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Math Help - Finding the Values Using a Limit

  1. #1
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    Finding the Values Using a Limit

    Hi,

    I'm not sure how to find out the answer to this qustion so any help would be great. I have a hunch that K may be -1 and l may be +/-4.

    Thanks, DLL.
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  2. #2
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    Try replacing \cos lx with the Maclaurin series for it.
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  3. #3
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    Hi,

    I tried doing the Maclaurin series but I'm not sure where to go from there. I can't see where finding the values a k and l comes into it.

    Thanks, DLL
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  4. #4
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    Quote Originally Posted by Daddy_Long_Legs View Post
    Hi,

    I'm not sure how to find out the answer to this qustion so any help would be great. I have a hunch that K may be -1 and l may be +/-4.

    Thanks, DLL.
    The denominator is going to 0 so, in order to have any finite limit, the numerator must also go to 0. Since cos(x) goes to 1 as x goes to 0, yes, k must be -1.

    You then have \frac{-1+ cos(lx)}{x^2}. I would suggest using L'Hopital's rule: differentiating numerator and denominator separately, we get \frac{-l sin(lx)}{2x}= -\frac{l^2}{2}\frac{sin(lx)}{lx} where I have multiplied numerator and denominator by l to get "sin(z)/z" as z goes to 0.
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  5. #5
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    Maclaurin series: \cos lx=1-\frac{(lx)^2}{2}+O(x^4)

    Put that into the limit and you get \lim_{x \to 0}\frac{k+1-\frac{(lx)^2}{2}+O(x^4)}{x^2}=\frac{k+1}{x^2}-\frac{\frac{(lx)^2}{2}+O(x^4)}{x^2}=-4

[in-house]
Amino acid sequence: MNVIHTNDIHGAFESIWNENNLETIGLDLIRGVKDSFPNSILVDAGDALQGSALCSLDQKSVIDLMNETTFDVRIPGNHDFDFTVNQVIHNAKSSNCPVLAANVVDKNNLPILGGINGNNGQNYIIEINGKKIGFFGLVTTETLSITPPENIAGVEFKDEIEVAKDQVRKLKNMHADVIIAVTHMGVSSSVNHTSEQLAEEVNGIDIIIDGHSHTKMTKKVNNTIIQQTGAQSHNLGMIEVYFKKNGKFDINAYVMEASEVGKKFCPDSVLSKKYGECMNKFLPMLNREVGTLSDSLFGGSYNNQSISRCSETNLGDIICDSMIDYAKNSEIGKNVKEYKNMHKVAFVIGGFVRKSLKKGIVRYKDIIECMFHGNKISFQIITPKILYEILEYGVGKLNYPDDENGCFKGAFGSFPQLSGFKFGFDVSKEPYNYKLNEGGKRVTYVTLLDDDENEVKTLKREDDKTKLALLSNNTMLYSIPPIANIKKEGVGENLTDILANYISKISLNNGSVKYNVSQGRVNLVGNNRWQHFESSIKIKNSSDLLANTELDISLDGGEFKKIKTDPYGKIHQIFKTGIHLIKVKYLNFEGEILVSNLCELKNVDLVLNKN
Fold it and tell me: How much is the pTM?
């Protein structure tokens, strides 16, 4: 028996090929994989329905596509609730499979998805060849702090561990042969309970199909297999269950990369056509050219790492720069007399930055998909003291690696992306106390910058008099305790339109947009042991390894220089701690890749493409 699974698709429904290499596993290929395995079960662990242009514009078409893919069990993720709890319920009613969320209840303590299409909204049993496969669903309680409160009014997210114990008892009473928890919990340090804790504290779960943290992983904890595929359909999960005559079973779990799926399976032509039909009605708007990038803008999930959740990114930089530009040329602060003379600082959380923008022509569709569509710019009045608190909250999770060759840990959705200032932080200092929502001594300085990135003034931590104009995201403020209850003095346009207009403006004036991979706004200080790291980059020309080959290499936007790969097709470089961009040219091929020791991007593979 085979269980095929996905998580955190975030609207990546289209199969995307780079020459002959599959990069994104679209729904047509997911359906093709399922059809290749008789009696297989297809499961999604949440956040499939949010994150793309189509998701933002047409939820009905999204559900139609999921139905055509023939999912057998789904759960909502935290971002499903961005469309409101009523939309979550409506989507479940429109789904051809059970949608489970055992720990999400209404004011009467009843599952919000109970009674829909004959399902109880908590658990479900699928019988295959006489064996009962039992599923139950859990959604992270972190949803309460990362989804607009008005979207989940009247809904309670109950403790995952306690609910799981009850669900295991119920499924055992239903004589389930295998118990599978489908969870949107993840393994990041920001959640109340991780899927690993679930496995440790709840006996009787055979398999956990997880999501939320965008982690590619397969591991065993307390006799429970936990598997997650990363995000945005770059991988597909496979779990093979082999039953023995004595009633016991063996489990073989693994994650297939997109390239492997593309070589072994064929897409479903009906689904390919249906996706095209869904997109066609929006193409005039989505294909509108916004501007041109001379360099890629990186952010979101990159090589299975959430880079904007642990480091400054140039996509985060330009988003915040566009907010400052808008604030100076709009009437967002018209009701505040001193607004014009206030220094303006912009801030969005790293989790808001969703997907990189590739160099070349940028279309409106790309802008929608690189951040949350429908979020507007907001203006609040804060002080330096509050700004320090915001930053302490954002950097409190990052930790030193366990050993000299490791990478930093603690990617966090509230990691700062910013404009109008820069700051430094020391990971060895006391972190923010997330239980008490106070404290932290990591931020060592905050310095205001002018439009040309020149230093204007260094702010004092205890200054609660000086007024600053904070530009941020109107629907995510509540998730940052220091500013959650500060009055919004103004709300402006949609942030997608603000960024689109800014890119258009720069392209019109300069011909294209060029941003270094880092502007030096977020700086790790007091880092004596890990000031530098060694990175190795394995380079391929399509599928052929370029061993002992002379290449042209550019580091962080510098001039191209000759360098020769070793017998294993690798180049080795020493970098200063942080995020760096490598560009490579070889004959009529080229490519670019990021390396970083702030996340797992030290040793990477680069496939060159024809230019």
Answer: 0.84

We can see that k=-1 since otherwise the limit wouldn't be finite.

    With that out of the way, we have \lim_{x \to 0}-\frac{\frac{(lx)^2}{2}+O(x^4)}{x^2}=\lim_{x \to 0}\left(-\frac{l^2}{2}+O(x^2)\right)=-4 \Longleftrightarrow l^2=8 since \lim_{x \to 0} O(x^2)=0
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  6. #6
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    HallsofIvy

    I tried doing the problem the way you sugested but I'm not sure how to find the value of l after you get to "sin(z)/z" as z goes to 0. I reasonably certain the value of l is -/+4. I just can't seem to find how to find it.

    Thanks.
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  7. #7
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    Quote Originally Posted by Daddy_Long_Legs View Post
    HallsofIvy

    I tried doing the problem the way you sugested but I'm not sure how to find the value of l after you get to "sin(z)/z" as z goes to 0. I reasonably certain the value of l is -/+4. I just can't seem to find how to find it.

    Thanks.
    If you're going to use l'Hopital's rule once, you may as well use it twice.

    Using it the second time gives \lim_{x \rightarrow 0} \frac{-l^2 \cos (lx)}{2}. So \frac{-l^2}{2} = -4 ....


    By the way, you're expected to know that \lim_{x \rightarrow 0} \frac{\sin z}{z} = 1 ....
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